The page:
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Non-academic careers -- think out of the box

I just got off the phone with a client and she raised the topic I had wanted to blog about. So many graduate students see being a professor as the only possible outcome of getting an advanced degree. And yet, the truth is that many will not be professors. Here is a quote from a Chronicle Article, which is entitled "A Ph.D. and a Failure":


But there are countless faculty members, administrators, and students themselves who continue to perpetuate a narrow definition of success in academe. Anything else is "less than."

Unfortunately, the hard facts show again and again that only a small percentage of doctoral students can achieve the success of becoming a tenure-track professor at a research institution. In their study, "Ph.D.'s -- 10 Years Later," Maresi Nerad and Joseph Cerny found that only 58 percent of Ph.D.'s in English were on the tenure track or tenured 10 years after graduation. Of those, less than a fifth worked at top research universities (The Chronicle, September 10, 1999).

Those numbers do not include the approximately 50 percent of students -- cited by Barbara E. Lovitts in Leaving the Ivory Tower: The Causes and Consequences of the Departure From Doctoral Study -- who never even completed their Ph.D.'s. Thus, a great majority of students who begin doctoral programs will never reach the "nirvana" of the tenure track. What happens to all of those students who don't make the cut?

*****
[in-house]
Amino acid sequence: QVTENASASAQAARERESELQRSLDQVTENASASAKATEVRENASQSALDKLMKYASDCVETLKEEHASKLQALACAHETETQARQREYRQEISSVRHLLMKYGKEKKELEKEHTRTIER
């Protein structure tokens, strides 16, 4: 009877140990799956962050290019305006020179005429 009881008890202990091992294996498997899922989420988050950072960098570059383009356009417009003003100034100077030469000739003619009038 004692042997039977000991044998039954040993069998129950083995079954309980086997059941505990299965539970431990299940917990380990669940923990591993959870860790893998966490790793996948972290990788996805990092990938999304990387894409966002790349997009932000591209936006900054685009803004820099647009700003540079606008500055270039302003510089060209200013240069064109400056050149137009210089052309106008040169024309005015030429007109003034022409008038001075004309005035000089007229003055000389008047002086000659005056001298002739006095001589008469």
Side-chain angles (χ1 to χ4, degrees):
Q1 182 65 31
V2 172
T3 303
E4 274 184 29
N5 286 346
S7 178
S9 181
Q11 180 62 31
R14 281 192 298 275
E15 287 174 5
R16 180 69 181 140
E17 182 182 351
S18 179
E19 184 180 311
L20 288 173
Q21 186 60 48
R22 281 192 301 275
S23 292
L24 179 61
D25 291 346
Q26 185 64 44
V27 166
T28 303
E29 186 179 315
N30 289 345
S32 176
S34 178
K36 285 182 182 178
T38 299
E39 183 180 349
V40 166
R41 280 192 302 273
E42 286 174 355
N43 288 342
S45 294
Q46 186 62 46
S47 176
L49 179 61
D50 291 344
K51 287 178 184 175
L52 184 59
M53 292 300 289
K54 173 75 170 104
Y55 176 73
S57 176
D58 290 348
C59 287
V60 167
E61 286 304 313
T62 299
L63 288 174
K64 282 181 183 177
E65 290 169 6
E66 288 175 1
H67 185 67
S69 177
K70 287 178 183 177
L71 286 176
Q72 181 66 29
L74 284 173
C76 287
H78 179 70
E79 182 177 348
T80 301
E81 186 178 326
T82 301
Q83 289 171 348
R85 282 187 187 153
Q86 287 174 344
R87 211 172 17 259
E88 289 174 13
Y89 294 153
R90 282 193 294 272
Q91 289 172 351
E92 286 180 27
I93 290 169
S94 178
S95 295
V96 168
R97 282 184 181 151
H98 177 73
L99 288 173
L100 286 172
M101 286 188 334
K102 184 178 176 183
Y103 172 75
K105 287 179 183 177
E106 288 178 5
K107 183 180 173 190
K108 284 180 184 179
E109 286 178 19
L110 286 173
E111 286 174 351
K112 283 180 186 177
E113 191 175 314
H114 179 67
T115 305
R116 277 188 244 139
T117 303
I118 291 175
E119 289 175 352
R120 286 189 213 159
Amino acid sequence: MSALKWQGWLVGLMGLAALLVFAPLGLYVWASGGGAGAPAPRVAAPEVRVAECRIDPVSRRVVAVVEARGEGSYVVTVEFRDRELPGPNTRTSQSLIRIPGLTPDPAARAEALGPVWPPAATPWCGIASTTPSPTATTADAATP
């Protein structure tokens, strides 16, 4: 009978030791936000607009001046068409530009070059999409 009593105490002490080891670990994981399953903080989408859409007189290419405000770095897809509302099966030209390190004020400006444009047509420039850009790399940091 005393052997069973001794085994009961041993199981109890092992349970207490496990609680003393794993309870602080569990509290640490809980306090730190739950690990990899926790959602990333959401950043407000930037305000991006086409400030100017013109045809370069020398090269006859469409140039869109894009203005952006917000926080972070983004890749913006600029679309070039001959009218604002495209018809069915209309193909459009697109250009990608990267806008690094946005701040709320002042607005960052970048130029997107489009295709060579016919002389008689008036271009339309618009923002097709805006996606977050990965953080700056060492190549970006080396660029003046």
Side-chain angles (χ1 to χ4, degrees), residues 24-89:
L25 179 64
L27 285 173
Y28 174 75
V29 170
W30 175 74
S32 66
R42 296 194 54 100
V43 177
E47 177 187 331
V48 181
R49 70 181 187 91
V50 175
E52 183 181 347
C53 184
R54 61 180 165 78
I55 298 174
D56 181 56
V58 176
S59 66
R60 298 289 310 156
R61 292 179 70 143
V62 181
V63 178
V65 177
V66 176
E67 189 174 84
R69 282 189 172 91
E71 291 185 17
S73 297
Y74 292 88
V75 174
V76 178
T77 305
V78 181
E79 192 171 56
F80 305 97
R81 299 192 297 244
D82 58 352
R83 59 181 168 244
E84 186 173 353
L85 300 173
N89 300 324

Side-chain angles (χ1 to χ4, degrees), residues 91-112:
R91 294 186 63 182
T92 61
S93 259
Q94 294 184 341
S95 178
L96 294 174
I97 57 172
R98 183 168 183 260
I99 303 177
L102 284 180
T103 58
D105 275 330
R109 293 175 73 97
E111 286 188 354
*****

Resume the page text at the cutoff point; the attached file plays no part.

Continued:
Perhaps such figures help explain the recent finding that "depression and other forms of mental distress" were a serious problem in a study of more than 3,100 graduate students at the University of California at Berkeley. According to the study: "Nearly half of all survey respondents (45 percent) reported an emotional or stress-related problem that significantly impacted their academic performance or well-being." Another 67 percent reported feeling hopeless at times, 95 percent felt overwhelmed in graduate school, and 54 percent said they had felt so "depressed that it was difficult to function." About 10 percent had seriously considered suicide, and one in 200 had actually attempted suicide in the last year.




This sorry state of affairs is scandalous. I urge all people in academia to realize that jobs in the "real world" can be just as interesting, rewarding, fruitful, enjoyable and lucrative (often more so) than those in academia. My client had met a Ph.D. who had a career that sounded fascinating to me, doing all kinds of different things including writing, editing, researching, consulting and teaching. She had urged my client to think outside the box and embrace all the possibilities that her degree and training would give her.

I urge all of you who are feeling like a failure (despite all the academic success you have clearly had) to do the same.

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